“It’s Not Straightforward”: An Atlanta Fed Economist Discusses Measuring Inflation

February 23, 2021

southeastern United States stylized as a colonial-era watercolor map

Few economic concepts create more confusion than inflation. Even within the economics field, definitions of inflation have evolved over the decades.

Nonetheless, inflation matters a great deal to the Federal Reserve. As part of its dual mandate, the nation’s central bank is charged with maintaining low and stable prices. Decoding exactly where inflation stands has proven uncommonly difficult during the pandemic, however, as dramatic swings in consumer behavior have scrambled prices.

To discuss this phenomenon and inflation generally, Economy Matters staff writer Charles Davidson spoke with Atlanta Fed economist and resident inflation expert Brent Meyer.

Charles Davidson: Atlanta Fed president Raphael Bostic often emphasizes that what’s really important is the trajectory of inflation, as opposed to the current reading or month-to-month changes. Why is the trajectory critical?

Brent Meyer: Focusing on trajectory is his way of clueing in the public about when he would be uncomfortable with rising inflation. In the long run, we’re trying to hit 2 percent on average. But if we’re running at 2.2 percent, let’s say, and we’ve gotten there gradually, he’s not going to see that as an imminent danger to price stability. But if we get to 2.2 percent very rapidly, and it looks like it’s going to continue to rise, then he’s going to be uncomfortable.

CD: And is trajectory synonymous with the notion of “underlying inflation,” which is what the Fed aims to control?

BM: They are not exactly synonymous. Underlying inflation measures—there’s a basket of them that we track—attempt to disentangle relative price changes [of individual products or services] from an inflation signal that we care about (see the chart). That signal is telling us whether monetary policy is well positioned to the current economic fundamentals.

Underlying Inflation Dashboard

12-Month Growth Rate (Percent)

Measure of Underlying Inflation

January 2020

January 2021

Core Consumer Price Index (CPI)



Cleveland Fed Median CPI



Cleveland Fed 16% Trimmed-Mean CPI



Atlanta Fed Sticky CPI



Core Personal Consumption Expenditures (PCE) Index 



Market-Based Core PCE



Dallas Fed Trimmed-Mean PCE



San Francisco Fed Cyclical Core PCE Inflation



Cyclically Sensitive Inflation (Stock and Watson [2019])



Sources: U.S. Bureau of Labor Statistics; U.S. Bureau of Economic Analysis; Federal Reserve Banks of Atlanta, Cleveland, Dallas, and San Francisco; Stock and Watson (2019); staff calculations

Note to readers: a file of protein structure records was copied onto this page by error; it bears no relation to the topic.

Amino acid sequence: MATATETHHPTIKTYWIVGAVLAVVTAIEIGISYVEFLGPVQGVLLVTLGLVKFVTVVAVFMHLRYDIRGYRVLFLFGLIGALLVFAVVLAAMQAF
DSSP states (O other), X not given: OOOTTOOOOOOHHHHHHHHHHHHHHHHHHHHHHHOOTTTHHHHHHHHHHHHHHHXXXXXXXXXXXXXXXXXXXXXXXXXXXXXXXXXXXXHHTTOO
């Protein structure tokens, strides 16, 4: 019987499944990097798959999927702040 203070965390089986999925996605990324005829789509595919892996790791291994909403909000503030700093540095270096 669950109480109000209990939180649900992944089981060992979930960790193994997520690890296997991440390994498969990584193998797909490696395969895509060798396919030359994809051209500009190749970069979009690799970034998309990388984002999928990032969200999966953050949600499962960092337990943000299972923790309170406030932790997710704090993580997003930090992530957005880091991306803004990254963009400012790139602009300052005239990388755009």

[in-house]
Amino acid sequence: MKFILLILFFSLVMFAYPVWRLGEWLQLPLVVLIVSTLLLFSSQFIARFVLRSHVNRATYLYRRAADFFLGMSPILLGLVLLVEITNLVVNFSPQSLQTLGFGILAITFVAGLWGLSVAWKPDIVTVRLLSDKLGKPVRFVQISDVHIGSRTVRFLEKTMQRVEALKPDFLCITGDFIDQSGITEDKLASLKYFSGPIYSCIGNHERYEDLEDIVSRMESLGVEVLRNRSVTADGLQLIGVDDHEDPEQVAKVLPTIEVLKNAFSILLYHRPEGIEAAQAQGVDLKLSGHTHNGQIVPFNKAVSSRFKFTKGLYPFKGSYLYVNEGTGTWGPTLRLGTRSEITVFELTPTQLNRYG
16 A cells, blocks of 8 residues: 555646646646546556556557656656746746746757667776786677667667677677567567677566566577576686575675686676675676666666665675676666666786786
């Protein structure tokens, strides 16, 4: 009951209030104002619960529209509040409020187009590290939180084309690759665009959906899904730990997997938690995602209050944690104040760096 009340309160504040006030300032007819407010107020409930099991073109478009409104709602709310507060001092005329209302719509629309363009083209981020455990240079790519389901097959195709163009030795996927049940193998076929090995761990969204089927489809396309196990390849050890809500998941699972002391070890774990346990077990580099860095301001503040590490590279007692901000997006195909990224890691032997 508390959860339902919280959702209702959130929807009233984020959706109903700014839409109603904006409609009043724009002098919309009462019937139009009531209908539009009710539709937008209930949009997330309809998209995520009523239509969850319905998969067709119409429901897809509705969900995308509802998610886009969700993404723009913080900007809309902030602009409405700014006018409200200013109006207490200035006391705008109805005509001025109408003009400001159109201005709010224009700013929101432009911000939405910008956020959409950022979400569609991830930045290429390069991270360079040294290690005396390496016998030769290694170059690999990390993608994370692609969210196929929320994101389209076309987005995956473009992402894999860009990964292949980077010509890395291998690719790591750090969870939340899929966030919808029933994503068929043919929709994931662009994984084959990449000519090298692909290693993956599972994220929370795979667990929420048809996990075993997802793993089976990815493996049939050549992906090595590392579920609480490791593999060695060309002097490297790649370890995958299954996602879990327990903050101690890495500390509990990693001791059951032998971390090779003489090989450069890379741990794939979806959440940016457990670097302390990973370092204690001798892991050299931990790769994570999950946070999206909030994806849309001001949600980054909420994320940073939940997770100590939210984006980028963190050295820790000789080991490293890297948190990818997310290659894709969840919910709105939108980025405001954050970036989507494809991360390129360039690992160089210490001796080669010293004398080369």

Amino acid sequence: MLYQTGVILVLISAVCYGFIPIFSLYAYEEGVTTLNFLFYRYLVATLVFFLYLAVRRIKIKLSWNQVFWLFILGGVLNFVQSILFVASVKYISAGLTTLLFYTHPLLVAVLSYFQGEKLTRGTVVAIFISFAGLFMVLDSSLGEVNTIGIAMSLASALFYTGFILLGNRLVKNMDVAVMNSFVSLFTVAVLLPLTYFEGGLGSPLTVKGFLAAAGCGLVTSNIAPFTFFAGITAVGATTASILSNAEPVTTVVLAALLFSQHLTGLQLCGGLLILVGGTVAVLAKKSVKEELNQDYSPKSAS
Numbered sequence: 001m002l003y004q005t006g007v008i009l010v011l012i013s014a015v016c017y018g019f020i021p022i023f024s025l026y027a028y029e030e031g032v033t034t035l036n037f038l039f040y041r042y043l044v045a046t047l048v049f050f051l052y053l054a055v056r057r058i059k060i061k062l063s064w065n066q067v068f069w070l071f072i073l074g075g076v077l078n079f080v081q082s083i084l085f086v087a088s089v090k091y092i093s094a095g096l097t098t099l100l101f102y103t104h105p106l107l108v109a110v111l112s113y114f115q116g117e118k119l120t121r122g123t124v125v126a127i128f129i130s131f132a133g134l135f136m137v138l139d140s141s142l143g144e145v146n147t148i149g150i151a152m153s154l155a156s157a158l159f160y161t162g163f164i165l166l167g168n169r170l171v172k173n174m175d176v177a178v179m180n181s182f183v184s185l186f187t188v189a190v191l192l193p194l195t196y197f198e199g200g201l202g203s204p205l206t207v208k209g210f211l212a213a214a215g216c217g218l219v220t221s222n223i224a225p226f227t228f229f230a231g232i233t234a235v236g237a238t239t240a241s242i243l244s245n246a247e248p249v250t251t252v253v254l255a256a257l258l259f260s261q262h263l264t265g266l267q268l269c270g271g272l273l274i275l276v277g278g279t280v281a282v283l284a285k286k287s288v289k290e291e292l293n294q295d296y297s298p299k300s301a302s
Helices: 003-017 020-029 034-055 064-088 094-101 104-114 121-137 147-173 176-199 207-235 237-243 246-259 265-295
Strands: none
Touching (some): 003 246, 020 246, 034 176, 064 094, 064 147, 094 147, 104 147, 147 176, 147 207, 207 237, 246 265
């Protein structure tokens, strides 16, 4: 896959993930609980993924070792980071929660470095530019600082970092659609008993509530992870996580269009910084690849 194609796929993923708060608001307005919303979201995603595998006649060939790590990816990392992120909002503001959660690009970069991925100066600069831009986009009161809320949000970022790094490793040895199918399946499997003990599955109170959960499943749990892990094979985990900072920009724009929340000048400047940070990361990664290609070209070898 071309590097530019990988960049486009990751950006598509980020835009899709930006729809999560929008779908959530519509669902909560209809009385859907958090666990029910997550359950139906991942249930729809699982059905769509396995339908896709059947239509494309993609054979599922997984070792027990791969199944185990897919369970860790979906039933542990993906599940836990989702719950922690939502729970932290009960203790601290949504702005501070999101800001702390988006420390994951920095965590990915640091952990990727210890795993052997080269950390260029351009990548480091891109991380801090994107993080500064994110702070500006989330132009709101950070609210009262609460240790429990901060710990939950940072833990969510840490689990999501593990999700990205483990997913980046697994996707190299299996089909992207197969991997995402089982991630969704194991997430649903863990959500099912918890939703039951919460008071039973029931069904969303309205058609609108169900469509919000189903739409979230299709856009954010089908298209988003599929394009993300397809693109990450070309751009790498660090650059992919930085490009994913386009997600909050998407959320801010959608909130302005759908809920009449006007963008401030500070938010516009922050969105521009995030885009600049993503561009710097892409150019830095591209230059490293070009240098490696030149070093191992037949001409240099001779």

CD: The layperson often thinks of inflation as measuring the cost of living, but it doesn’t. Why is underlying inflation, as opposed to the cost of living, so critical to what we want to understand?

BM: There are two things going on. What we’re trying to measure with underlying inflation is not necessarily related to the cost of living. They tend over long periods to be related, sure. But what we’re trying to do when we’re measuring inflation is to understand how the stance of monetary policy is relative to what it needs to be. If monetary policy is too loose, there’s too much money floating around in the economy, then prices over a long period of time will increase. That’s not a great situation for firms and households wanting to make long-range plans.

Changes in the cost of living are very much a real phenomenon. If it goes up, and my wages don’t, then I’m going to feel poorer. So, there’s not only that disconnect, but the other disconnect is this: the consumer price index and the personal consumption expenditures index are trying to gather the price changes for a representative household, an archetypal household, and this archetypal household does a lot of weird things.

It smokes, but just a little. It buys a small amount of infant and toddler apparel and equipment whether or not it has kids. It’s constantly paying legal fees. The point is that the experience of that “typical household” may not mirror your spending patterns at any point in time over the year. But on average, these things do add up.

photo of Melinda Pitts
The Atlanta Fed’s Brent Meyer. Photo by David Fine

CD: Someone is always paying legal fees, though you may not be. Lots of people are always buying infant stuff, though you may not be, right?

BM: These indexes are not really trying to mirror your cost of living changes directly. The indexes are trying to get at basically the average for the overall economy.

CD: You’ve written, and Raphael has said, that inflation is getting harder to measure; that signal is getting harder to find. Why is that, and can we devise better tools to try to gauge it?